Twice in the past week, including on the anniversary of the Sept. 11 terrorist attacks, leaders from the Department of Homeland Security have said the largest threat to the United States is no longer terrorism, but cyberattacks.

On Sept. 5, Homeland Security chief Kirstjen Nielsen said during a speech at George Washington University that her agency “was founded 15 years ago to prevent another 9/11. I believe an attack of that magnitude is now more likely to reach us online than on an airplane.”

The warnings on the anniversary of the Sept. 11 attacks were similarly blunt.

”The cyber threat has eclipsed the threat from physical terrorism,” Matthew Travis, a deputy undersecretary at Homeland Security said during the Professional Services Council’s Tech Trends event. He added that the cyber threat “despite lots of recent warnings and reflection by senior leaders in government still may not be taken as seriously as it needs to be by all of us.”

The Department of Homeland Security has pledged reform in the face of the growing cyber threat.

An agency spokesperson told Fifth Domain in a Sept. 7 email that DHS is reorganizing its intelligence units into mission centers that focus on counterintelligence, counterterrorism, cyber, economic security and transnational organized crime. The change was modeled after CIA reforms. The previous Homeland Security intelligence structure is not clear.

Some details of the reorganization were announced in Nielsen’s Sept. 5 speech, where she announced “a shift from a ‘counterterrorism’ posture at DHS to a wider ‘counter-threats’ posture to make sure we are doing everything possible to guard against nation-state interference.”

State-sponsored cyberattacks on American businesses “drives us to lock arms with industry in a much more collaborative and a much more serious and a much more analytical nature than we have done before,” said Travis, the Homeland Security assistant secretary during the Sept. 11 speech.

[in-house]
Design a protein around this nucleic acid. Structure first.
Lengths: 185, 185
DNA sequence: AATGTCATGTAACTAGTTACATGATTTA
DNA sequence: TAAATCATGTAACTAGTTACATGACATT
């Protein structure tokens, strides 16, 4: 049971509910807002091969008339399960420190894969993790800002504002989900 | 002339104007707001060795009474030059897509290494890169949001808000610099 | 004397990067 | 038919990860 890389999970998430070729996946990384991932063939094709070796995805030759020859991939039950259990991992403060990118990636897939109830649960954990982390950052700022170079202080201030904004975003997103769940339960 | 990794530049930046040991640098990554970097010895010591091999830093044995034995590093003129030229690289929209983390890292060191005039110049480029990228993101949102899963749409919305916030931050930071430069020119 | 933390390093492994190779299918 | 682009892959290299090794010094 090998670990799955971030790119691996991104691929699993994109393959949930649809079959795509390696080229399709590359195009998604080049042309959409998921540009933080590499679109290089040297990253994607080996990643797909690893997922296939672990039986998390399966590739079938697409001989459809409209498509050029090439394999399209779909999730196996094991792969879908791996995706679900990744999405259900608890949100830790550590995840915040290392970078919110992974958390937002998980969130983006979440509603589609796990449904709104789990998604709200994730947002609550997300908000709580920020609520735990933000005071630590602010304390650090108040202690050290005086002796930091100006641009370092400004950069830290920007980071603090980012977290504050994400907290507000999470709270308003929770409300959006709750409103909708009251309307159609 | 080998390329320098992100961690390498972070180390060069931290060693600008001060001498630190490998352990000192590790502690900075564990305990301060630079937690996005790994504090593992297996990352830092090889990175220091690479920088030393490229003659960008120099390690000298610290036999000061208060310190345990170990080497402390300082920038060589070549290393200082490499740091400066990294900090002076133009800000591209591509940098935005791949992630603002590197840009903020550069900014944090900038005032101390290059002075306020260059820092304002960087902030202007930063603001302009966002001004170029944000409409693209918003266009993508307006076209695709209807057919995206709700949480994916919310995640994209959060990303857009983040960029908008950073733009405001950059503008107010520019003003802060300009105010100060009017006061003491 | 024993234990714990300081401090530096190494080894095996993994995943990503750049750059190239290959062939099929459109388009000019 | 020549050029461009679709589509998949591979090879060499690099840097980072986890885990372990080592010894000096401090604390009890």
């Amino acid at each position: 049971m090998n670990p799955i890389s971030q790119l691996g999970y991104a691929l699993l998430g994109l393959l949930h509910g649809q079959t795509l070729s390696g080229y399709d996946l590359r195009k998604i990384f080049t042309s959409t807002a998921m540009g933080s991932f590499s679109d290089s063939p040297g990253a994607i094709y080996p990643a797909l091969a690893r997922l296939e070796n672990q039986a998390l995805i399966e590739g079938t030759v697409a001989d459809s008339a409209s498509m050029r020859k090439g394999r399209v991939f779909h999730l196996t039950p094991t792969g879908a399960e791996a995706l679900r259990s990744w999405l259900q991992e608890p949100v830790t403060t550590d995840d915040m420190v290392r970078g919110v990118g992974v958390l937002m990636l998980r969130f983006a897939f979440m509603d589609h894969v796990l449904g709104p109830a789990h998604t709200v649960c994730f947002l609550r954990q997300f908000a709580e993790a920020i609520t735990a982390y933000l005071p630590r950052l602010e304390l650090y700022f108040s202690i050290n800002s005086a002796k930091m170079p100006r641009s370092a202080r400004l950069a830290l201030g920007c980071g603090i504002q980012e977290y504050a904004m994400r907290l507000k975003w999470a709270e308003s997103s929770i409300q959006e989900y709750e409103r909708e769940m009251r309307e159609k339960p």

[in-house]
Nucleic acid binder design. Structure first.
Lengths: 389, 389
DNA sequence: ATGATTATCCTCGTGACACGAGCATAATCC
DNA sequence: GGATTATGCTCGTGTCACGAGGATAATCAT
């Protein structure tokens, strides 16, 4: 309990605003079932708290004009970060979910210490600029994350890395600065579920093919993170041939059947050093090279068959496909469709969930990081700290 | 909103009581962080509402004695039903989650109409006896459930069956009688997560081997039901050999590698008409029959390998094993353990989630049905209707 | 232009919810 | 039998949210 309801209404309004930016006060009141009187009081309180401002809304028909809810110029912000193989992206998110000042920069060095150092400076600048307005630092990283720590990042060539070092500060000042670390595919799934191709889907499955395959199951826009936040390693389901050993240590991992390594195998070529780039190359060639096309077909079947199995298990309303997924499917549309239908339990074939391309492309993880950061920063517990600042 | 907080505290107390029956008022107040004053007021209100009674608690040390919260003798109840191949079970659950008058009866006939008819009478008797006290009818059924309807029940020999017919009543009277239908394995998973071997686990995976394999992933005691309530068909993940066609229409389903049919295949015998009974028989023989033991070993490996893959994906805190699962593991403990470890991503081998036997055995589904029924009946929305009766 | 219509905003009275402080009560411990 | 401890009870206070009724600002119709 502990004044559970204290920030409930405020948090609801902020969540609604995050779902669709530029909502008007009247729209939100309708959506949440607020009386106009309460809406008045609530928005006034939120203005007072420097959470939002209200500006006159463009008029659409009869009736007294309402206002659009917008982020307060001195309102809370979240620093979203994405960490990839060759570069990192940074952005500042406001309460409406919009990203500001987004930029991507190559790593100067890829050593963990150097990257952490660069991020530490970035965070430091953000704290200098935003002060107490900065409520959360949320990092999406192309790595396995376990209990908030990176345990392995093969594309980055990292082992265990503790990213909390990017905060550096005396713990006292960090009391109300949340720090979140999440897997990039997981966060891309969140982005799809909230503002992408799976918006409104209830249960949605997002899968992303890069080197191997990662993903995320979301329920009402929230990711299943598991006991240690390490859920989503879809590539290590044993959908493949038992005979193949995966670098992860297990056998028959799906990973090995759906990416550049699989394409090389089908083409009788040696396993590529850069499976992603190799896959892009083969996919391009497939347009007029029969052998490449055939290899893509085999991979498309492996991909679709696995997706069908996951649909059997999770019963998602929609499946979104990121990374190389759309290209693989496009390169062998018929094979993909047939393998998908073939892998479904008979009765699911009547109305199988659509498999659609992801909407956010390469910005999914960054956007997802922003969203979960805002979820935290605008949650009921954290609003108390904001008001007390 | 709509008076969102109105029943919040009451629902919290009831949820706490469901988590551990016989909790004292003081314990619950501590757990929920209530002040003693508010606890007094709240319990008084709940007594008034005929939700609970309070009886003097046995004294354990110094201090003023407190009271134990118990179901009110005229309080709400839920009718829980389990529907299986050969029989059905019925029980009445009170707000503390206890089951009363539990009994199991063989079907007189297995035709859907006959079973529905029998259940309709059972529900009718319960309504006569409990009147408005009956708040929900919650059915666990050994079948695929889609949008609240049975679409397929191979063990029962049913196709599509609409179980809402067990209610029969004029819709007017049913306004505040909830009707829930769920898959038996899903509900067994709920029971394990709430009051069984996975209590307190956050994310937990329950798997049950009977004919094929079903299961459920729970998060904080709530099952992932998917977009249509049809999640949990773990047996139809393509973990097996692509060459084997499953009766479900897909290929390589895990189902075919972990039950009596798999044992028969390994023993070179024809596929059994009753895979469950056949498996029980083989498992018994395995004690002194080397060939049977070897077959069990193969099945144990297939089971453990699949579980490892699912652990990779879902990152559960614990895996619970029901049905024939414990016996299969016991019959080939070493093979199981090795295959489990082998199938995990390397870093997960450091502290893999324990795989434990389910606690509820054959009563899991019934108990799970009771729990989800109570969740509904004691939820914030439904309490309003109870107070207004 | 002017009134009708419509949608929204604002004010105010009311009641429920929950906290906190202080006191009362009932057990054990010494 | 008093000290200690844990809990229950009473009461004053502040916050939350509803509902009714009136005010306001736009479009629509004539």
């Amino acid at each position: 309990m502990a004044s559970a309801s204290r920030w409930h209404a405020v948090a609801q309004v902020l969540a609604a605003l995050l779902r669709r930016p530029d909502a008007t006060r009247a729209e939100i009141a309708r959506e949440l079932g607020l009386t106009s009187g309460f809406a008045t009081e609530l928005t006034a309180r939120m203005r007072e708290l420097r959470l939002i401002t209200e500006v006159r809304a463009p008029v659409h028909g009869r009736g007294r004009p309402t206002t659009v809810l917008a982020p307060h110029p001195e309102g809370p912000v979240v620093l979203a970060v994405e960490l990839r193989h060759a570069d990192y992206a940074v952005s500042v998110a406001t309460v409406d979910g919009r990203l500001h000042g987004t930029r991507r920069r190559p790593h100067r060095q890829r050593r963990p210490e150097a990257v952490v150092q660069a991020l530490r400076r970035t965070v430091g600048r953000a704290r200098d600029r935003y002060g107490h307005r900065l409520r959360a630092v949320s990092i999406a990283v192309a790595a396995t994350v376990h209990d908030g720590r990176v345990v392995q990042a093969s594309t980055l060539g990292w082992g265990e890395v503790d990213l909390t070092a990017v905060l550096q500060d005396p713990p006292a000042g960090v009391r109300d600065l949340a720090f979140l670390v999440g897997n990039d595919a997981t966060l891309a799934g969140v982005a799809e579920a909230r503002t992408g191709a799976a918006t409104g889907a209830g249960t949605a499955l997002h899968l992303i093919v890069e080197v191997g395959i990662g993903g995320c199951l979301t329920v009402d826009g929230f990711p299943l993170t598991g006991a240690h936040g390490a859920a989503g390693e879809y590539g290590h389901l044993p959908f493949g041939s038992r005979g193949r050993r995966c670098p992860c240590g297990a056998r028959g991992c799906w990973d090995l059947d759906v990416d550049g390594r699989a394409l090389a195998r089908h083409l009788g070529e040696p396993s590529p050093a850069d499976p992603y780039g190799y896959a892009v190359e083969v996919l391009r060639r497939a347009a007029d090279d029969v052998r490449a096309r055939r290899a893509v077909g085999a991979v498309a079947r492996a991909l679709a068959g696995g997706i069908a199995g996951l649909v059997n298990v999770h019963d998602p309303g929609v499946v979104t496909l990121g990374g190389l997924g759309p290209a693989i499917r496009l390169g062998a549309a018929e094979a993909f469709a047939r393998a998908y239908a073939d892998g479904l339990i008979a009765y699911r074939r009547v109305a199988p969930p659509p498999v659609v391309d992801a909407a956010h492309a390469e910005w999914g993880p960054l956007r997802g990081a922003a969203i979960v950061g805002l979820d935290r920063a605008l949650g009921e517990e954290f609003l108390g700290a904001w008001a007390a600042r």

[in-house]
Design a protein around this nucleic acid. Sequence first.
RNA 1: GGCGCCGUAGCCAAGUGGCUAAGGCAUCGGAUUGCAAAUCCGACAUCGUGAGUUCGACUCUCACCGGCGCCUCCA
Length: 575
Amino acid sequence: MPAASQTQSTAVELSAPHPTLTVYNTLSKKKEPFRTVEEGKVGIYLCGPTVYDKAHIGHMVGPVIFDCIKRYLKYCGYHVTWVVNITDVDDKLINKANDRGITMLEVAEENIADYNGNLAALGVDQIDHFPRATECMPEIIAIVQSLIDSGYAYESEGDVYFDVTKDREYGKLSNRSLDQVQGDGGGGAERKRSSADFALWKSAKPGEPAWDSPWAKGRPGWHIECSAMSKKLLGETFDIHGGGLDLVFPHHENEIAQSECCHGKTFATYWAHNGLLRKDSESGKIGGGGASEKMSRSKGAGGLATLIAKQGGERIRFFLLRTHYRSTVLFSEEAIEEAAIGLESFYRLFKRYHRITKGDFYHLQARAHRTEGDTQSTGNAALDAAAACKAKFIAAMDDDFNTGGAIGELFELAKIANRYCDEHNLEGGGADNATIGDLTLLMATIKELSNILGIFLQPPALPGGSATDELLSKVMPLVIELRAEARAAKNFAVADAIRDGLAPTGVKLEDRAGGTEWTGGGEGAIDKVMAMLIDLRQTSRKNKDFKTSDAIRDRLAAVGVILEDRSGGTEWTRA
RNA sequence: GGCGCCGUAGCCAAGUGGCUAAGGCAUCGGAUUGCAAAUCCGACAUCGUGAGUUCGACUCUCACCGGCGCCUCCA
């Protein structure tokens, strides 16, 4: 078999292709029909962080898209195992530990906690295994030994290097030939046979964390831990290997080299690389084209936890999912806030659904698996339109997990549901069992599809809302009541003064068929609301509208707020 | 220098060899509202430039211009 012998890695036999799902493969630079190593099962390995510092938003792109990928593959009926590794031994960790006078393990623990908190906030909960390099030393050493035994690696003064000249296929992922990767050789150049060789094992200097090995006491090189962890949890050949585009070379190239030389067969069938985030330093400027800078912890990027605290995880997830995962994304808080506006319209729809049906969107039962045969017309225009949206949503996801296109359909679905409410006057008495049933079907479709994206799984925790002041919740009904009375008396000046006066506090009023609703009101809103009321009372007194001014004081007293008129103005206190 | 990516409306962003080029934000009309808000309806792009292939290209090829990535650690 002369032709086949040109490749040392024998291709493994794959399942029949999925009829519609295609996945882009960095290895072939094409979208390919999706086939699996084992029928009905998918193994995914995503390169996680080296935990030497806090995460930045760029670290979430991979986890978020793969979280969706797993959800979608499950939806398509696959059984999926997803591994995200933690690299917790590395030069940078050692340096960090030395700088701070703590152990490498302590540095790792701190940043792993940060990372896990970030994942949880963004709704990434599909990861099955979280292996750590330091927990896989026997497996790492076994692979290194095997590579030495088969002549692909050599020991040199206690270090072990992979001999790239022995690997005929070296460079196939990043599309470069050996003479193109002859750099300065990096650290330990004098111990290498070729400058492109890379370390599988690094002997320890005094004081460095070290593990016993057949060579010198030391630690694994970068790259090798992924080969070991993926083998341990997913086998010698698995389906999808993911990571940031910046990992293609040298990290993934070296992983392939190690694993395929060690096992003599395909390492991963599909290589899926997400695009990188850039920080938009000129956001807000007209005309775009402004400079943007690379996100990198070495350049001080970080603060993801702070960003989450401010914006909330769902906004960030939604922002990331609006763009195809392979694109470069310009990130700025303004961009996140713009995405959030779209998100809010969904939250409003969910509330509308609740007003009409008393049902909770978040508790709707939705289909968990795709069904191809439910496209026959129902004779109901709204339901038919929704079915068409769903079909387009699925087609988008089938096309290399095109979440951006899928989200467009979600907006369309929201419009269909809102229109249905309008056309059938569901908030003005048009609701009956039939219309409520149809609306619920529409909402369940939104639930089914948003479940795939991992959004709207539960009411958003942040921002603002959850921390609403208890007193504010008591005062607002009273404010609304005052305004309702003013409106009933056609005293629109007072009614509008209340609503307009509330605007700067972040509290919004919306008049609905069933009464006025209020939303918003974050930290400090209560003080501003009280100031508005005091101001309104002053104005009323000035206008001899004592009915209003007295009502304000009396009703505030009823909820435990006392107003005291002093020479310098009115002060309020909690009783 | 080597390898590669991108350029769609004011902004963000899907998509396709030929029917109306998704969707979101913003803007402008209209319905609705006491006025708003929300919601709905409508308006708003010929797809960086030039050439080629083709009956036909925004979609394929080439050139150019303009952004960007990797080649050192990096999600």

The partnership with businesses has become a centerpiece of the agency’s strategy to defend against cyberattacks.

In July, the Department announced the creation of a cyber risk management center that aimed to give businesses better information about threats. The risk center is housed under the National Protection and Programs Directorate, or NPPD.

Yet no new funding has been set aside for the risk center, Jeanette Manfra, an assistant secretary at the department told reporters Sept. 6. Instead, she said the agency has taken existing resources and repurposed them.

“The real emphasis we are starting to see out of NPPD with the new risk center is the tone that they want to partner with the private sector,” Frank Cilluffo, the director of the Center for Cyber and Homeland Security at George Washington University told Fifth Domain. He said it looked like the department has begun to build relationships with the private sector after years of stalled action. “We have been long on nouns and short on verbs.”

Justin Lynch is the Associate Editor at Fifth Domain. He has written for the New Yorker, the Associated Press, Foreign Policy, the Atlantic, and others. Follow him on Twitter @just1nlynch.

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